We are in (guess!) future and (guess!) bad alien guys have invaded our beloved planet. Their exact plan is unknown, but apparently those aliens called “Machines” take the form of towers and invade some areas. In the role of an American general called Evans, we will lead a small group of troops along invaded scenarios, trying to wipe out the aliens. As you may have noticed, the plot is dramatically trivial. The only element of interest is that, despite their love for Tokyo and United States, this time aliens have invaded Korea. This is nice news (except for you, my dear Korean fellows), and probably the only element of originality in the game’s plot. The location, however, is pretty irrelevant: you will see nothing “Korean” enough that will trigger you a “look, we are in Korea!”. If they used the exact same scenario for “Anomaly Argentina” you would probably barely notice it. Moreover, dialogs are somewhere between boooooring and irritating. There is poor Lt. Park that tells you what you are supposed to do, and Gen. Morris that is the classic stereotype of American Mr. Smartass General that comes out with poor jokes. Meh.
The authors define the game as “tower offense”. I bet you know tower defense: enemies spawn from a point and follow a route, and you must displace your towers along that route in such a way that the enemies cannot reach their goal. Flip that: you spawn from a point and you must follow a route towards some other point. Along all the possible routes, enemy defensive towers (of various kind) are waiting for you with their weapons loaded. I must admit that the gameplay brings some original contribution, do not know any other game proposing something similar. The player starts its mission is a sort of tactical view, that allows to see the whole scenario and to plan a route towards the goal. The tactical view can be re opened at any time during the mission, in order to face different conditions and events.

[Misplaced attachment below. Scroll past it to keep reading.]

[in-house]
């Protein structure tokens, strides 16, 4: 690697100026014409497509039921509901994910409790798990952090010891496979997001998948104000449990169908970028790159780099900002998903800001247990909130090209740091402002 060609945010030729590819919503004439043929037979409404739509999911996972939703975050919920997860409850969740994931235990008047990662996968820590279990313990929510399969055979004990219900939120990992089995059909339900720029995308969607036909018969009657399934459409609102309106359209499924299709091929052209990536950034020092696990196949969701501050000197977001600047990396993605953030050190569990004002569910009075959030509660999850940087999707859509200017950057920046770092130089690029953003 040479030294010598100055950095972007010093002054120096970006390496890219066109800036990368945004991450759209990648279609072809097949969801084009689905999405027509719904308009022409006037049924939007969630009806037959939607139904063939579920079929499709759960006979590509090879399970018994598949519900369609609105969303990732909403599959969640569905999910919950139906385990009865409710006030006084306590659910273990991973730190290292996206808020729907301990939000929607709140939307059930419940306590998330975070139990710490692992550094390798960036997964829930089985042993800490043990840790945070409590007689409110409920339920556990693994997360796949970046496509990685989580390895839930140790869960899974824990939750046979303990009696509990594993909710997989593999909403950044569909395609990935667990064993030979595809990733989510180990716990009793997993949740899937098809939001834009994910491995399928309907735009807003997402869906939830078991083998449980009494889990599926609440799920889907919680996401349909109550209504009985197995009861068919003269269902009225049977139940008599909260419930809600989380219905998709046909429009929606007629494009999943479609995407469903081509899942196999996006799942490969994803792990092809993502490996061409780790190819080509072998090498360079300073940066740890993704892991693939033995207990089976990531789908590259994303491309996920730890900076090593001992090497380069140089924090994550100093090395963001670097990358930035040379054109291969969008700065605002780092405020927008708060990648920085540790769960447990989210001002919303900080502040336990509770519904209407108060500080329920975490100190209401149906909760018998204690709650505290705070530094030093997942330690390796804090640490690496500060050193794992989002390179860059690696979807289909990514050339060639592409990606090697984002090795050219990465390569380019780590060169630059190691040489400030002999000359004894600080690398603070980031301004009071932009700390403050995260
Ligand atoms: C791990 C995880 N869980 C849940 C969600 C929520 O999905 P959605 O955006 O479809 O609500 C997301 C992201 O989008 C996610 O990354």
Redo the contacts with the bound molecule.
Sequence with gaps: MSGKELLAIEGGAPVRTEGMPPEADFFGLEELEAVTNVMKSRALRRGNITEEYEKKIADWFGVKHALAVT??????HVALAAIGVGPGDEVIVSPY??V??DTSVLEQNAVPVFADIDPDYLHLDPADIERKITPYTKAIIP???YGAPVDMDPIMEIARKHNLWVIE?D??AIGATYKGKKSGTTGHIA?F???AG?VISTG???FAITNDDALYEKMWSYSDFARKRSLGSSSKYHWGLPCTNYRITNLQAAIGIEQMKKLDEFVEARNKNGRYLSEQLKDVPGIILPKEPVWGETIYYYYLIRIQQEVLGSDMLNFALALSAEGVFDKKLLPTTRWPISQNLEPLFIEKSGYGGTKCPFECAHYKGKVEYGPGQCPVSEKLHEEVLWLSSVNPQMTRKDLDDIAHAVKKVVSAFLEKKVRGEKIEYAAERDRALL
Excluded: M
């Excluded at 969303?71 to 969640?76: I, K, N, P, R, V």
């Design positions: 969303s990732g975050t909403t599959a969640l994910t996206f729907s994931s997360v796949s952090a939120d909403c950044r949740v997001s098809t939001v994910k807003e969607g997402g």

Before starting the mission, the player can spend some money to buy a pack of vehicles, up to six. There are various types of vehicles that differ for resistance, firing range and power, armor and abilities. By spending money, every vehicle can be upgraded to a better version up to three times. Money can be refilled in game by destroying towers and collecting resources. Collecting resource means (I’m not kidding) leading the convoy near them and being able to fire on them.
Once the mission starts, the convoy will move along the path decided by the player, and the vehicles will automatically fire whenever an enemy is in range. Unfortunately, the enemy towers will do exactly the same with you. There are many different enemies with very different abilities. The strategic part of the game consists in finding a good path that allows to hit the enemies without being subject to lethal counter attack. I was expecting the strategy part to be dominant in the game, but it actually is not: the game is much more action that one may suppose, and I think is no good. You are provided with a set of “abilities”, namely with bonuses enabled in some area for a short amount of time. Those bonus include repairing, enhanced attack, decoys for enemies and defensive bonus. Usage of such bonuses is fundamental and cannot be done in the tactic view or when the game is paused: this requires the player to be quick in deploying the correct ability in the correct point at the right time and, in complicated situations, changes the face of the game from strategy to fast paced point-and-click mess. I would have really preferred a more tactical approach.
During the game, if you have enough money, you can buy new units or upgrade those you have. I have personally found that buying more units is almost useless, since they remain at the end of the group and never fire: it is much more efficient to have highly upgraded units on the front lines, firing on enemies before they can really counter attack and quickly wiping out wide areas in short time with the “boost” ability that greatly improves attack power and rate. Alternatively, with many vehicles, the player can continuously switch them from front to back, ensuring that more damaged units remain more protected. This way, though, the user passes more time re-ordering the units queue than doing anything else: it really destroys the sense of the game.